Reversing existing Board precedent, the National Labor Relations Board (“Board” or “NLRB”) recently ruled that employers that allow employees access to work e-mail systems must presumptively allow their employees to use those e-mail systems for union activity during non-work time. This reversal of long-standing precedent has potentially far-reaching consequences and, at minimum, will require both union and non-union employers to review their communications policies to ensure compliance with the National Labor Relations Act (“NLRA”).
The Board based its decision in part on the increasingly pervasive use of e-mail in the workplace and determined that e-mail has become a “natural gathering place” for employees to discuss work-related matters. Consequently, the Board found it must adapt its policies to the changing technological landscape of the workplace. Under the new standard, the Board presumes that employees who have access to their employers’ e-mails systems in the course of their employment may use those e-mail systems to engage in NRLA–protected communications on non-working time. An employer may ban the right to use its e-mail systems for non-work activity only by demonstrating “special circumstances” necessary to maintain production and by establishing the connection between the restriction and the interest it aims to protect. Importantly, the decision notes that a pre-existing policy banning employee use of work e-mail for non-work purposes does not constitute a special circumstance under the new rule. The Board anticipates that these special circumstances will only be present in “rare” cases but states that employers may nevertheless apply “uniform and consistently enforced” rules regarding use of work e-mail systems if necessary to maintain production and discipline.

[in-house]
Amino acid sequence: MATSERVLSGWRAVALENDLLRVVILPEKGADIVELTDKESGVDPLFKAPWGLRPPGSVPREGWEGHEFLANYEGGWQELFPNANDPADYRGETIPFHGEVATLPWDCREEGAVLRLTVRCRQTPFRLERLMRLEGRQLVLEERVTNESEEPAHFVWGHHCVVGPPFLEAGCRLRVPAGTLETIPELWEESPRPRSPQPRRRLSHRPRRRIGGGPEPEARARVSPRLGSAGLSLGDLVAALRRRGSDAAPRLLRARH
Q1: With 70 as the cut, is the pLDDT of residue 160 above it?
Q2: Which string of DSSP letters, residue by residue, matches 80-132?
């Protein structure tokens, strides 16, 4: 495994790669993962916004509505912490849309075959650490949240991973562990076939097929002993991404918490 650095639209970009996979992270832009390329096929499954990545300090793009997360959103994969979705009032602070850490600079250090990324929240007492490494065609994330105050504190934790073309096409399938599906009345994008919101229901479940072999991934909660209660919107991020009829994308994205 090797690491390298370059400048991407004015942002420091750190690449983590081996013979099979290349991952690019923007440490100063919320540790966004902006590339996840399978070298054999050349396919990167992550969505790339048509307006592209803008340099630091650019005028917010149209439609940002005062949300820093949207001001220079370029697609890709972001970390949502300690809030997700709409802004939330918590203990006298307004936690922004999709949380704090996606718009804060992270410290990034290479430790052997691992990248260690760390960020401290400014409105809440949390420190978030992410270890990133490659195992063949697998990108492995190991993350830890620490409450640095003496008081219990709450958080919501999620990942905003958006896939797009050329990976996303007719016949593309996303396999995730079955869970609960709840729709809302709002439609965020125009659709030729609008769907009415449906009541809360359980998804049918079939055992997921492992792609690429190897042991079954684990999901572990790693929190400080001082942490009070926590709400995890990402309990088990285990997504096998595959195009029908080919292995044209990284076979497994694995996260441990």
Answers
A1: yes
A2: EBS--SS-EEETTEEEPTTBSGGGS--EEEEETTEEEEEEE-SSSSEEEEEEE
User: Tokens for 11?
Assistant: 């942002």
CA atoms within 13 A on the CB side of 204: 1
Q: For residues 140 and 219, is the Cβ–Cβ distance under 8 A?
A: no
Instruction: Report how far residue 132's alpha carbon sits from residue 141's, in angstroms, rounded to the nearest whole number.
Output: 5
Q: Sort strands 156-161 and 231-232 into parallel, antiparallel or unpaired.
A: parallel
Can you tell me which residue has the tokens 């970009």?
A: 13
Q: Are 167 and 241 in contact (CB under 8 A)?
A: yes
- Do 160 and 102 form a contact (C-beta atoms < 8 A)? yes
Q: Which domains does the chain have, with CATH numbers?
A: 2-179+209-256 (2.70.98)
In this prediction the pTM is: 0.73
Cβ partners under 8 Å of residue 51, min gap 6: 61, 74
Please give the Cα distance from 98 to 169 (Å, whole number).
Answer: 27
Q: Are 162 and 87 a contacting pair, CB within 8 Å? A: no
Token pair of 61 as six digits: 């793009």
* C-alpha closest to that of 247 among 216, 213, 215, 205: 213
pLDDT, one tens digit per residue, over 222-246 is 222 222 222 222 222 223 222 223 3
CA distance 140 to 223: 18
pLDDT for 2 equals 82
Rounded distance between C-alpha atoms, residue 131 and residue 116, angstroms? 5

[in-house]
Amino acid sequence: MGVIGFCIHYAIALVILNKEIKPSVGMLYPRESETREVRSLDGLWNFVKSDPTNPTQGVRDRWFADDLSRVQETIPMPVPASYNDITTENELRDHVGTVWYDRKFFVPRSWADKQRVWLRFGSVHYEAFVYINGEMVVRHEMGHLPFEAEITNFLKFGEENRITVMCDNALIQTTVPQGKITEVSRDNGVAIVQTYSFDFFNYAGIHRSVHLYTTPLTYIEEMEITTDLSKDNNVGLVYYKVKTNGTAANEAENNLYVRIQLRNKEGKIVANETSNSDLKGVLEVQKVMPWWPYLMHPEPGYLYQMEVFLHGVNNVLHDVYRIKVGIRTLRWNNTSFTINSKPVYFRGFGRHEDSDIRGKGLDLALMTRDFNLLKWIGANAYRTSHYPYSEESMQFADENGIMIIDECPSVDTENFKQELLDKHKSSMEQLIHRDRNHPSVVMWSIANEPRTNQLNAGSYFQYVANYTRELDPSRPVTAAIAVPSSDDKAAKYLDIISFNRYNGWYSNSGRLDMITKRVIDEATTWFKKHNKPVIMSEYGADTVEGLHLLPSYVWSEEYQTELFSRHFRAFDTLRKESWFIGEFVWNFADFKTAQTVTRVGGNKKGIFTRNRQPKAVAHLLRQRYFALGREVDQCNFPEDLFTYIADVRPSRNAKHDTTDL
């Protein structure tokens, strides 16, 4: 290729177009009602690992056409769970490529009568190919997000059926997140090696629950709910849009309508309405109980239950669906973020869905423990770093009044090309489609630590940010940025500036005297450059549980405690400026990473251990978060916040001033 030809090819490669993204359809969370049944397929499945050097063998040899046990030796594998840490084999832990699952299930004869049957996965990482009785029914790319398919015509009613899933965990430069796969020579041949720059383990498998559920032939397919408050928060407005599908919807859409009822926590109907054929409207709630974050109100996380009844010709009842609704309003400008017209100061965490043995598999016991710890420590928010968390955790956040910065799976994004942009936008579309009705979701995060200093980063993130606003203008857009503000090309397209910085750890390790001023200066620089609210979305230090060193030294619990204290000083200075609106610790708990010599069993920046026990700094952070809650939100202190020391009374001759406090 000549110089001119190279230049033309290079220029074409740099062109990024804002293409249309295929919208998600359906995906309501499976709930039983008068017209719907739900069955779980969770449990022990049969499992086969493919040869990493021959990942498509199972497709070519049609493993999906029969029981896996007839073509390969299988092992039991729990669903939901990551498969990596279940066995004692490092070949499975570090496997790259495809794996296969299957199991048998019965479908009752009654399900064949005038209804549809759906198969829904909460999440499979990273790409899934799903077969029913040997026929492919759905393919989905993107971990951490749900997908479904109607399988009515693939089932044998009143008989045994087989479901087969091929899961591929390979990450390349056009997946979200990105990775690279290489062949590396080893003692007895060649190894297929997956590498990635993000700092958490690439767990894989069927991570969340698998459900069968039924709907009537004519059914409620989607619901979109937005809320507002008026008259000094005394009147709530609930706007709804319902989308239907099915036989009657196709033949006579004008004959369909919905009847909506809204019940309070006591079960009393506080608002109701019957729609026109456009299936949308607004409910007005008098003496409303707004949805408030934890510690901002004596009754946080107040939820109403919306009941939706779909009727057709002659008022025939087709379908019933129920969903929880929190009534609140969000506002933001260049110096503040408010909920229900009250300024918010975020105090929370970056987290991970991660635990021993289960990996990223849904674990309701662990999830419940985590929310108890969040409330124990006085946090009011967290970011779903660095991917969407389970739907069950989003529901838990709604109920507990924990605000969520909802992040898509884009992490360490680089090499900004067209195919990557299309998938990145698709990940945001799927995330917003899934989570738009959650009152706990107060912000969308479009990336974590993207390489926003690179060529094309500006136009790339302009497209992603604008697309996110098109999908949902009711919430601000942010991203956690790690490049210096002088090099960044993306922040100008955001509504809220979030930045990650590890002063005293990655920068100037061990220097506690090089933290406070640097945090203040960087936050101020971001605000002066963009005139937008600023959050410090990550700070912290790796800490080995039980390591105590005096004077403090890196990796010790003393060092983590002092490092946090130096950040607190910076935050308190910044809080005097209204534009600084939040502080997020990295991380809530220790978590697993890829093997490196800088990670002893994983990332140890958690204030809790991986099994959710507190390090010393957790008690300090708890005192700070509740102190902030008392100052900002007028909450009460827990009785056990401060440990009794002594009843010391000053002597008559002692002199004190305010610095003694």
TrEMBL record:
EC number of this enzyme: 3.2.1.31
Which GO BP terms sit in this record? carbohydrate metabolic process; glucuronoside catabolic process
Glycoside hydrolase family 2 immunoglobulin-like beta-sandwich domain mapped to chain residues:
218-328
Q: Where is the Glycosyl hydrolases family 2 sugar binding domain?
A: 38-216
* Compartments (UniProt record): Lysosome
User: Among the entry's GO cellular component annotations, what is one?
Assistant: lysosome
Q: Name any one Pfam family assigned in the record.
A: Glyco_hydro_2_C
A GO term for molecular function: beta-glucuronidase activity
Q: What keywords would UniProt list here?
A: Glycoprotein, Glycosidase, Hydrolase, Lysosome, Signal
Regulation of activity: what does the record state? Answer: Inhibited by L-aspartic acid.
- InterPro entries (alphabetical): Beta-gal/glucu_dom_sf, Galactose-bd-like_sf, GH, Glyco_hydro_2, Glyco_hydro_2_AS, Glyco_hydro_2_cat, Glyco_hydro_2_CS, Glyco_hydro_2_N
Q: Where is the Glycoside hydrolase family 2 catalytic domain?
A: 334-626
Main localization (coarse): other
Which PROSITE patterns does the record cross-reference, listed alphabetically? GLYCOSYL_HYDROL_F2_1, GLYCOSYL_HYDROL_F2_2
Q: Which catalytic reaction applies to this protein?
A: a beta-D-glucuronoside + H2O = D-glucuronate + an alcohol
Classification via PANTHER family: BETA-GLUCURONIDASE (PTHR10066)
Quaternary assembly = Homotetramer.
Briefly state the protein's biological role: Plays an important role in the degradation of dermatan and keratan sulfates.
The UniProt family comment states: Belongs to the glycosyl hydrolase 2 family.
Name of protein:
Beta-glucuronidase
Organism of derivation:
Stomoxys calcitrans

This decision is limited in several important respects—chiefly in that the new rule applies only to those employees that have access to work e-mail systems. Employers are not now required to grant employees or nonemployees access to their e-mail systems where they have previously chosen not to. Furthermore, the decision does not aim to authorize employees to use work e-mail for union purposes during working time.
Despite these limitations, it is clear that this newly established rule will pose challenges for employers and will potentially open the door for subsequent challenges to restrictions on employee use of employer property for protected activities. Most troublingly, the Board’s decision expressly rejects the “supposed principle” that employers may prohibit employees from using employer equipment for non-work purposes. Furthermore, employee use of work e-mail systems for protected activities poses complications for employers that customarily monitor those communication systems for management purposes. Member Miscimarra’s dissent identifies additional consequences of the majority’s decision, including the erosion of the “work time is for work” principle, losses of productivity, and confusion regarding restrictions on access to work areas by off-duty employees.
In light of the NLRB’s newly articulated standard, employers are wise to reevaluate their policies related to e-mail use and consider whether any revisions are necessary for compliance.